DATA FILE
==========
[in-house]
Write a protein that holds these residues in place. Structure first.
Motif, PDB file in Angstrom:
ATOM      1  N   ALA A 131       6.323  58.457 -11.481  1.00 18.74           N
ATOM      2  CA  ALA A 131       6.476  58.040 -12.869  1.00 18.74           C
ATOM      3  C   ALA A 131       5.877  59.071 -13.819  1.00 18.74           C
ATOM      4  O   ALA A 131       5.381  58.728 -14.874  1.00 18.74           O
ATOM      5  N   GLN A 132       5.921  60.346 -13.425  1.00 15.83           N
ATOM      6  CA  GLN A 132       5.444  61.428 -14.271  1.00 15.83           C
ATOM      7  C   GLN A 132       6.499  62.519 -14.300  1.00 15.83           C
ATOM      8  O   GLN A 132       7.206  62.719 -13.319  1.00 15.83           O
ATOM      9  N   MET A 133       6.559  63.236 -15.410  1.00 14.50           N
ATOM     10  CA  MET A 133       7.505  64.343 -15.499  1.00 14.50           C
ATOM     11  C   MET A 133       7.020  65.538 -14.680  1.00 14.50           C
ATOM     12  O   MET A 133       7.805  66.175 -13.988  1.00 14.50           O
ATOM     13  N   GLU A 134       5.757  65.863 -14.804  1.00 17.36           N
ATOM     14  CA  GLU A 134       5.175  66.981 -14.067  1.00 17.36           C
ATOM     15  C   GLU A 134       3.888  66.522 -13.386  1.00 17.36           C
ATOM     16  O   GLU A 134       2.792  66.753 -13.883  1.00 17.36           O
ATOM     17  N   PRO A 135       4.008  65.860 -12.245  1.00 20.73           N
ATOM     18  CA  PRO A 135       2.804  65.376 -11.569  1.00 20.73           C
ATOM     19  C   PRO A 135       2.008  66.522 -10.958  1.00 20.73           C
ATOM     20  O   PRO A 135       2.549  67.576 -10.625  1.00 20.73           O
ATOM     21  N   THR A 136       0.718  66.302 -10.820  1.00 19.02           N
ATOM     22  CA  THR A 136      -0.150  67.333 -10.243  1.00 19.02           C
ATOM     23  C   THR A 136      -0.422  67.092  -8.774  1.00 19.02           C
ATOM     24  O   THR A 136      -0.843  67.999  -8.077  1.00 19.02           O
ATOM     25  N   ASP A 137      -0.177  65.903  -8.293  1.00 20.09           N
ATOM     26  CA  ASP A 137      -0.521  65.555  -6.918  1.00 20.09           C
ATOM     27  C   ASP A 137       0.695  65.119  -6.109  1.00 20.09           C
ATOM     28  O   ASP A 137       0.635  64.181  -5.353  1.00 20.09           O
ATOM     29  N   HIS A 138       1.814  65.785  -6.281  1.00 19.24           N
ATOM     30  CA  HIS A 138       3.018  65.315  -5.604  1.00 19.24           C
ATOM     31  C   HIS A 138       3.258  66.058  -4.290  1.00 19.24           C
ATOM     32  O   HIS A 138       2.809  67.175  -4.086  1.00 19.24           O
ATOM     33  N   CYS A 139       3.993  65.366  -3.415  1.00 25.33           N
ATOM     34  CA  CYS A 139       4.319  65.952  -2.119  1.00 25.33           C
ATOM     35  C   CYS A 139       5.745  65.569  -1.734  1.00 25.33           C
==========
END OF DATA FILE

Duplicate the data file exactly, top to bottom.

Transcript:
[in-house]
Write a protein that holds these residues in place. Structure first.
Motif, PDB file in Angstrom:
ATOM      1  N   ALA A 131       6.323  58.457 -11.481  1.00 18.74           N
ATOM      2  CA  ALA A 131       6.476  58.040 -12.869  1.00 18.74           C
ATOM      3  C   ALA A 131       5.877  59.071 -13.819  1.00 18.74           C
ATOM      4  O   ALA A 131       5.381  58.728 -14.874  1.00 18.74           O
ATOM      5  N   GLN A 132       5.921  60.346 -13.425  1.00 15.83           N
ATOM      6  CA  GLN A 132       5.444  61.428 -14.271  1.00 15.83           C
ATOM      7  C   GLN A 132       6.499  62.519 -14.300  1.00 15.83           C
ATOM      8  O   GLN A 132       7.206  62.719 -13.319  1.00 15.83           O
ATOM      9  N   MET A 133       6.559  63.236 -15.410  1.00 14.50           N
ATOM     10  CA  MET A 133       7.505  64.343 -15.499  1.00 14.50           C
ATOM     11  C   MET A 133       7.020  65.538 -14.680  1.00 14.50           C
ATOM     12  O   MET A 133       7.805  66.175 -13.988  1.00 14.50           O
ATOM     13  N   GLU A 134       5.757  65.863 -14.804  1.00 17.36           N
ATOM     14  CA  GLU A 134       5.175  66.981 -14.067  1.00 17.36           C
ATOM     15  C   GLU A 134       3.888  66.522 -13.386  1.00 17.36           C
ATOM     16  O   GLU A 134       2.792  66.753 -13.883  1.00 17.36           O
ATOM     17  N   PRO A 135       4.008  65.860 -12.245  1.00 20.73           N
ATOM     18  CA  PRO A 135       2.804  65.376 -11.569  1.00 20.73           C
ATOM     19  C   PRO A 135       2.008  66.522 -10.958  1.00 20.73           C
ATOM     20  O   PRO A 135       2.549  67.576 -10.625  1.00 20.73           O
ATOM     21  N   THR A 136       0.718  66.302 -10.820  1.00 19.02           N
ATOM     22  CA  THR A 136      -0.150  67.333 -10.243  1.00 19.02           C
ATOM     23  C   THR A 136      -0.422  67.092  -8.774  1.00 19.02           C
ATOM     24  O   THR A 136      -0.843  67.999  -8.077  1.00 19.02           O
ATOM     25  N   ASP A 137      -0.177  65.903  -8.293  1.00 20.09           N
ATOM     26  CA  ASP A 137      -0.521  65.555  -6.918  1.00 20.09           C
ATOM     27  C   ASP A 137       0.695  65.119  -6.109  1.00 20.09           C
ATOM     28  O   ASP A 137       0.635  64.181  -5.353  1.00 20.09           O
ATOM     29  N   HIS A 138       1.814  65.785  -6.281  1.00 19.24           N
ATOM     30  CA  HIS A 138       3.018  65.315  -5.604  1.00 19.24           C
ATOM     31  C   HIS A 138       3.258  66.058  -4.290  1.00 19.24           C
ATOM     32  O   HIS A 138       2.809  67.175  -4.086  1.00 19.24           O
ATOM     33  N   CYS A 139       3.993  65.366  -3.415  1.00 25.33           N
ATOM     34  CA  CYS A 139       4.319  65.952  -2.119  1.00 25.33           C
ATOM     35  C   CYS A 139       5.745  65.569  -1.734  1.00 25.33           C